In a sermon I preached a couple of years ago, I talked about an idea that Scott Peck wrote about. He suggested that “religion” might refer to two very different stages of maturity. One type of religion – fundamentalist, tribal, exclusionary, full of rights and wrongs and dos and don’ts – he considered a response to inner chaos, a way of finding structure through simple, clear rules of living. The other type of religion – speculative, skeptical, embracing uncertainty, based on trans-tribal values like love and duty – is for people who actually need a little more mystery in their lives. We look around and feel hemmed in by the “square world,” the world of boring little clichés and simple certitudes. Surely, we think, God can’t really be like that? And surely God doesn’t condemn some people for what they believe? or for what tribe they happen to belong to?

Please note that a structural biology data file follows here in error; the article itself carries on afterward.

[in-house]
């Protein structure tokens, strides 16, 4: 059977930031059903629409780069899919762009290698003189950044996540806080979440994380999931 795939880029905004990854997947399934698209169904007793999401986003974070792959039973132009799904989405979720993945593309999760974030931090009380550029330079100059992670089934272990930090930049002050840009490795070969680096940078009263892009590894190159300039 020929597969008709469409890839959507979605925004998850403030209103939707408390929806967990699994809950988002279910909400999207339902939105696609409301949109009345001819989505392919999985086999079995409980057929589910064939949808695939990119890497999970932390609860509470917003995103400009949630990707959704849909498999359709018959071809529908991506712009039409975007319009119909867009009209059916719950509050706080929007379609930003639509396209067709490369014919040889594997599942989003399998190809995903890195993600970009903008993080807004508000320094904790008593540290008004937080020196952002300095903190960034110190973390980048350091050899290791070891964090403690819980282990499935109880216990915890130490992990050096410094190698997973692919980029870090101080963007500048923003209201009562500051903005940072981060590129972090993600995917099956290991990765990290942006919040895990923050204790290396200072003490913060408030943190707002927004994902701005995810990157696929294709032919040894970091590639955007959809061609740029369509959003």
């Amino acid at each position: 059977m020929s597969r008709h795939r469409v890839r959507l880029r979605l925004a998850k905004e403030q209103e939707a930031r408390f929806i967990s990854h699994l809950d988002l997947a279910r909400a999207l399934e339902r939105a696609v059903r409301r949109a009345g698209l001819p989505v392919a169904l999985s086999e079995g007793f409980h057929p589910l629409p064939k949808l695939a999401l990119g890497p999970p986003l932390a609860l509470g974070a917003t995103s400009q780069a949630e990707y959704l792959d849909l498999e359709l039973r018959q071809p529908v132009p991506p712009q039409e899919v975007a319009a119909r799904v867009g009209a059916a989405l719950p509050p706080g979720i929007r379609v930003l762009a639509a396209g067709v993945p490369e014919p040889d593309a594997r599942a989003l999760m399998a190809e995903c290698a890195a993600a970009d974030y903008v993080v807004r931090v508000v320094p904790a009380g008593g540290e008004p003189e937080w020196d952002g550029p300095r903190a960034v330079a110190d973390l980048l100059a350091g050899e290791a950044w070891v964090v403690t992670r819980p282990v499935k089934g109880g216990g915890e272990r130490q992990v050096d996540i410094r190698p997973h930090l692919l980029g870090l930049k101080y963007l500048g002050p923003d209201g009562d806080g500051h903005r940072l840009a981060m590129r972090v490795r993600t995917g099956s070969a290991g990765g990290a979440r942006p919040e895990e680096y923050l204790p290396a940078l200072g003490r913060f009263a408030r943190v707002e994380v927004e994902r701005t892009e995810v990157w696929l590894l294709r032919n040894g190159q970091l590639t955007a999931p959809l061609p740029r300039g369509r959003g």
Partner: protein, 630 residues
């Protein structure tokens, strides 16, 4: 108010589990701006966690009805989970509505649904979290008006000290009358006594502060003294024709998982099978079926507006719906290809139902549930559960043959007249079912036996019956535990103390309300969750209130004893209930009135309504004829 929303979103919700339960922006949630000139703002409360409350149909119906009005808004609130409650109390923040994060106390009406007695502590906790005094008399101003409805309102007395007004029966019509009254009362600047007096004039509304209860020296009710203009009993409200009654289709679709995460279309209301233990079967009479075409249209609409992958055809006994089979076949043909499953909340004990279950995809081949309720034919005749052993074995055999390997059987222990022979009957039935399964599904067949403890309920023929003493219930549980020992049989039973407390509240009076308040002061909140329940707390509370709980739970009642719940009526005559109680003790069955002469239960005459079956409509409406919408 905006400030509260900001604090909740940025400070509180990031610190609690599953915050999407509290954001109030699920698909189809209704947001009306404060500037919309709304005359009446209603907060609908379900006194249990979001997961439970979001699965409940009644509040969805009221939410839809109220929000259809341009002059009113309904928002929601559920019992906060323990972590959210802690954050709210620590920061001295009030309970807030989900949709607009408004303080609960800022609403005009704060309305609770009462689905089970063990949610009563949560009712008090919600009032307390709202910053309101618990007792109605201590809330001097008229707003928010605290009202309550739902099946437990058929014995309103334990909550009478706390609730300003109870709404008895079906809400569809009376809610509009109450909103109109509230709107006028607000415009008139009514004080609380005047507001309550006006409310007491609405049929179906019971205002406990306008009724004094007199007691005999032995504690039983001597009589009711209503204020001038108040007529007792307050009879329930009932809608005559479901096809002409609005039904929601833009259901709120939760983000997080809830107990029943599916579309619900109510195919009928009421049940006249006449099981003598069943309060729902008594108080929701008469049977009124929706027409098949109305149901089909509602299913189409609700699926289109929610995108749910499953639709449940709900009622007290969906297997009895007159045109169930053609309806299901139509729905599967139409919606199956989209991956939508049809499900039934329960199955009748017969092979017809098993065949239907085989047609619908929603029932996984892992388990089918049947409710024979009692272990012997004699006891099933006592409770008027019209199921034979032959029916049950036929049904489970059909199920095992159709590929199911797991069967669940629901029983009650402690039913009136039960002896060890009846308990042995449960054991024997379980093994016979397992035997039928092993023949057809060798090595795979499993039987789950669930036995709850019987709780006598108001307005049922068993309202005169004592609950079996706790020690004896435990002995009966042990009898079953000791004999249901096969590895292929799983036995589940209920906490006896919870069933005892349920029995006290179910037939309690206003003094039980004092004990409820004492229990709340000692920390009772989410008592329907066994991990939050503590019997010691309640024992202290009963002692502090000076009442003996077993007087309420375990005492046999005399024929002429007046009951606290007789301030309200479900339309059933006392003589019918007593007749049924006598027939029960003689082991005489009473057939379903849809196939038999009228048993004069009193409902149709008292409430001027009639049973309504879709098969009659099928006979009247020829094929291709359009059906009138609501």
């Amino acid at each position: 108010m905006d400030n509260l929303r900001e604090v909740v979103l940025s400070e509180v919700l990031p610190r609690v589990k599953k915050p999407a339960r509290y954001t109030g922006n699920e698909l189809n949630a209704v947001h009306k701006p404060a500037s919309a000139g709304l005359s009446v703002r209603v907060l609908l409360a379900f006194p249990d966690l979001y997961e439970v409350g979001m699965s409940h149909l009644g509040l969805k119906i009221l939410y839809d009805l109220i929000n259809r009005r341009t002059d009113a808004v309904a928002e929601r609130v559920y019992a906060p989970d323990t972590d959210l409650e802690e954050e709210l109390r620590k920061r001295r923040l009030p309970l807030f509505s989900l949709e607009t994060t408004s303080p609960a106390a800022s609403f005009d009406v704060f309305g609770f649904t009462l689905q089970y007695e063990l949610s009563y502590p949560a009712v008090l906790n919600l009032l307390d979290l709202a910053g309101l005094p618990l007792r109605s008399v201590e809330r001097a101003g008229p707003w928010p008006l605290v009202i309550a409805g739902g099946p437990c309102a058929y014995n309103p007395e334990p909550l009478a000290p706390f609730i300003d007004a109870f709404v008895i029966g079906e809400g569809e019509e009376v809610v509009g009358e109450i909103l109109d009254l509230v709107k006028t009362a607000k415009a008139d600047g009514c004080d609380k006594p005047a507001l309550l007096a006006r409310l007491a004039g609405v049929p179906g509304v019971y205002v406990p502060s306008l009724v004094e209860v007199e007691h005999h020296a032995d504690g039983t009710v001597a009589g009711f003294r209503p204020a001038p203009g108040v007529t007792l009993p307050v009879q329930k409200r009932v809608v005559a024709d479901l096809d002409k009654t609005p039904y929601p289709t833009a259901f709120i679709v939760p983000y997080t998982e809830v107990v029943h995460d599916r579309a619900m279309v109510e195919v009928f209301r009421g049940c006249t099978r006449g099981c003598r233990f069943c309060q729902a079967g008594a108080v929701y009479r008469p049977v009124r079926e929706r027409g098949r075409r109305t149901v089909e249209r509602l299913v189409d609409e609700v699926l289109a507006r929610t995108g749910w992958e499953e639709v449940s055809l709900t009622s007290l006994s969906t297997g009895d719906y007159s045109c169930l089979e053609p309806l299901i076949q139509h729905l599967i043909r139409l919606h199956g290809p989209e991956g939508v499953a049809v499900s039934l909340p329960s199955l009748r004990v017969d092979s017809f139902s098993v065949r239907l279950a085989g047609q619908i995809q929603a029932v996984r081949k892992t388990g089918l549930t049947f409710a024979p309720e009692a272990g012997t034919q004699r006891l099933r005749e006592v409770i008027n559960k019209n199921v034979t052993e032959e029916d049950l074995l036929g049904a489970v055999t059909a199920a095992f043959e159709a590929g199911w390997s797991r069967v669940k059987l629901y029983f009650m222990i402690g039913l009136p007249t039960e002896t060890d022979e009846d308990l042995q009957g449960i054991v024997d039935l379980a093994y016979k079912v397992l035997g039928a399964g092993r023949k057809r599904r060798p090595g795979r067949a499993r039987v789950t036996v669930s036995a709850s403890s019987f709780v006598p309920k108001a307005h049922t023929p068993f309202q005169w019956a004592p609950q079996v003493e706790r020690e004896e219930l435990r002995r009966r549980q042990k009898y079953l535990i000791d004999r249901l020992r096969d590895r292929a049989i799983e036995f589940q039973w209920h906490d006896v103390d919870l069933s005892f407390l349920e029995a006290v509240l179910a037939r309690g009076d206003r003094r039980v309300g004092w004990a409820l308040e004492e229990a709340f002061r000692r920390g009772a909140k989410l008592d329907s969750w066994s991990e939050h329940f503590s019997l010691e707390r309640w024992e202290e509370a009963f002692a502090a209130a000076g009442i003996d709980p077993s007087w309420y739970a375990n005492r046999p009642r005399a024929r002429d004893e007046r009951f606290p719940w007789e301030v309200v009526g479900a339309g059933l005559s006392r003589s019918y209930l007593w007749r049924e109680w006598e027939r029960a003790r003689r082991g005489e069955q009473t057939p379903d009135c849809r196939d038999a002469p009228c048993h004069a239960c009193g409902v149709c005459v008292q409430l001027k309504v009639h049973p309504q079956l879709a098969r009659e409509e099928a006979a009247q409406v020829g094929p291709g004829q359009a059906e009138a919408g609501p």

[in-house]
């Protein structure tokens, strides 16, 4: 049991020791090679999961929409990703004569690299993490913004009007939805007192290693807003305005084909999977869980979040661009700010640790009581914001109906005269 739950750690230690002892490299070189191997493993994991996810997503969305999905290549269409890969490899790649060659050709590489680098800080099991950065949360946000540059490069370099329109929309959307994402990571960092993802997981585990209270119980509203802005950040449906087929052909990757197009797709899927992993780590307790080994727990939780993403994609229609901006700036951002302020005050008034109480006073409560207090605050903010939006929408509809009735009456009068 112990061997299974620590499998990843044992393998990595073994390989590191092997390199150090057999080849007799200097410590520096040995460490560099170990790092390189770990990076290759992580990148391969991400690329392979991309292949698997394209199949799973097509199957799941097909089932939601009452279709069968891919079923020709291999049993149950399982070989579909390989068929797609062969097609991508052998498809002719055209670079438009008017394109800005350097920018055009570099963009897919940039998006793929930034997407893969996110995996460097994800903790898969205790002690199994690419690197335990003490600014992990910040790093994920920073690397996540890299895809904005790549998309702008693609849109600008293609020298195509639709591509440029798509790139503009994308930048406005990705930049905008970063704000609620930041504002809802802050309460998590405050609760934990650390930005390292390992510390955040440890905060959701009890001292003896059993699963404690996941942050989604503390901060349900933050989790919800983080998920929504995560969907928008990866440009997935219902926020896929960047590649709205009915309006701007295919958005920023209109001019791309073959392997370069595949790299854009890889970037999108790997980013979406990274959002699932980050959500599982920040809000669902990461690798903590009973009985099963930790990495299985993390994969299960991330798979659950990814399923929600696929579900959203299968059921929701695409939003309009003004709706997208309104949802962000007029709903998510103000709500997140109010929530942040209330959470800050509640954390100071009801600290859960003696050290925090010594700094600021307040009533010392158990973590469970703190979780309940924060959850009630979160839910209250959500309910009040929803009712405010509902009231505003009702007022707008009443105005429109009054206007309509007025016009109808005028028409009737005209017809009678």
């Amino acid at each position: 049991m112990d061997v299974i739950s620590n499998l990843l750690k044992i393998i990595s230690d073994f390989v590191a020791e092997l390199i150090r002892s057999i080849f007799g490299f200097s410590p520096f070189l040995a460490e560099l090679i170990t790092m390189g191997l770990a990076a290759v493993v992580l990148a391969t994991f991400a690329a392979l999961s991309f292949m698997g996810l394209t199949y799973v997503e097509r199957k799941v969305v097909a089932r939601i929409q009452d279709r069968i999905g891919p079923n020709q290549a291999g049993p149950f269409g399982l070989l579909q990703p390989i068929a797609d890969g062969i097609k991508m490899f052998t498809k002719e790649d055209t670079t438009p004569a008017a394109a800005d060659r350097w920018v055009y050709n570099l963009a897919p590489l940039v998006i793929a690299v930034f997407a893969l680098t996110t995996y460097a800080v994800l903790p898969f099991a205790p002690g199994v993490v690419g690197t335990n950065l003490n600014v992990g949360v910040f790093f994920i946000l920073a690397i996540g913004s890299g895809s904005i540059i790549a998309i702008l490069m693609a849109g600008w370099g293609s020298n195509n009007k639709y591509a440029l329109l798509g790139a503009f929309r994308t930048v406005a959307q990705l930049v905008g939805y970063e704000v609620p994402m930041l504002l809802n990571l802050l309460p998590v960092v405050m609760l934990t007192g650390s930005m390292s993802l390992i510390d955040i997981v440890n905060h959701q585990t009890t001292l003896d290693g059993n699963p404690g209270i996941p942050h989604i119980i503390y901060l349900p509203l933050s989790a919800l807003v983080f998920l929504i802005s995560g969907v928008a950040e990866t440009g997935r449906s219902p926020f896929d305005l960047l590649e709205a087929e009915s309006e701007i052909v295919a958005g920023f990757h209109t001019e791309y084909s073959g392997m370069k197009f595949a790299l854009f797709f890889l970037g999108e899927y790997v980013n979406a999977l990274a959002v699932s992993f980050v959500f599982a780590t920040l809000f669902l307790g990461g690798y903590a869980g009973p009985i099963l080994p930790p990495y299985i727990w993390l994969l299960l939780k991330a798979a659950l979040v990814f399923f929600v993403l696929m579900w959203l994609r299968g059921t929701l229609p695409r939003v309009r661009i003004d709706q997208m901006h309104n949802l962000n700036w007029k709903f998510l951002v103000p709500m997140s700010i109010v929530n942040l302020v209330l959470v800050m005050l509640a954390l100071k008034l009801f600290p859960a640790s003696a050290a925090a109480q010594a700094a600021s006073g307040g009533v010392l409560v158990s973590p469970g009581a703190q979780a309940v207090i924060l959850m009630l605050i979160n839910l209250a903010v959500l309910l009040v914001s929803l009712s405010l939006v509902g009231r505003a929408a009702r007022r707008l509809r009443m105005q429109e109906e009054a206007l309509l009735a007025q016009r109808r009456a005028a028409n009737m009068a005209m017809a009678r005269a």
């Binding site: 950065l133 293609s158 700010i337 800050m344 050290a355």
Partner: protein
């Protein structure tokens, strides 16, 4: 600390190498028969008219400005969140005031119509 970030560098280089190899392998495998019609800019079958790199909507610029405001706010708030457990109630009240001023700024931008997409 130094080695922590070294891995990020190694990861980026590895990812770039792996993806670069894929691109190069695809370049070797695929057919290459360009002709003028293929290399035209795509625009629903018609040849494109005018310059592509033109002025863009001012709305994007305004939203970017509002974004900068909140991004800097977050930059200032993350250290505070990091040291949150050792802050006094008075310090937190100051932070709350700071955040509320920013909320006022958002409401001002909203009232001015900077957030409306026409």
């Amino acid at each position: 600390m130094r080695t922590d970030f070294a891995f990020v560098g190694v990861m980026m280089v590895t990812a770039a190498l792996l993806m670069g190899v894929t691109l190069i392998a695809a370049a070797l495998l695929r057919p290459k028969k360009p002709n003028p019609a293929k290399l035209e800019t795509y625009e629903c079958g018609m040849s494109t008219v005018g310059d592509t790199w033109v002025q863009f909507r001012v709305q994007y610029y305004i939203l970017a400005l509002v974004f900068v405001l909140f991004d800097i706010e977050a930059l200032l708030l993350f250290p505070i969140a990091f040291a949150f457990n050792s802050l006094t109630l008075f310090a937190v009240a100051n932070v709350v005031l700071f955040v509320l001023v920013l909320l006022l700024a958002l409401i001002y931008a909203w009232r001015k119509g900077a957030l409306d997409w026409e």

Let me turn from cockroaches to Sigmund Freud for a moment. I was surprised recently to discover a very similar idea in his great anti-religious work, Civilization and Its Discontents. I hadn’t read the book in several years, and when I opened it again, I found this, in the very first pages: Freud relates a letter he received from Romain Rolland in which Rolland takes him to task for not understanding the true source of religious feeling. “This, Rolland says, consists in a peculiar feeling . . . which he would like to call a sensation of ‘eternity,’ a feeling as of something limitless, unbounded – as it were, ‘oceanic.’. . . It is the source of the religious energy which is seized upon by the various Churches and religious systems, directed by them into particular channels, and doubtless also exhausted by them. One may, Rolland thinks, rightly call oneself religious on the ground of this oceanic feeling alone, even if one rejects every belief and every illusion.”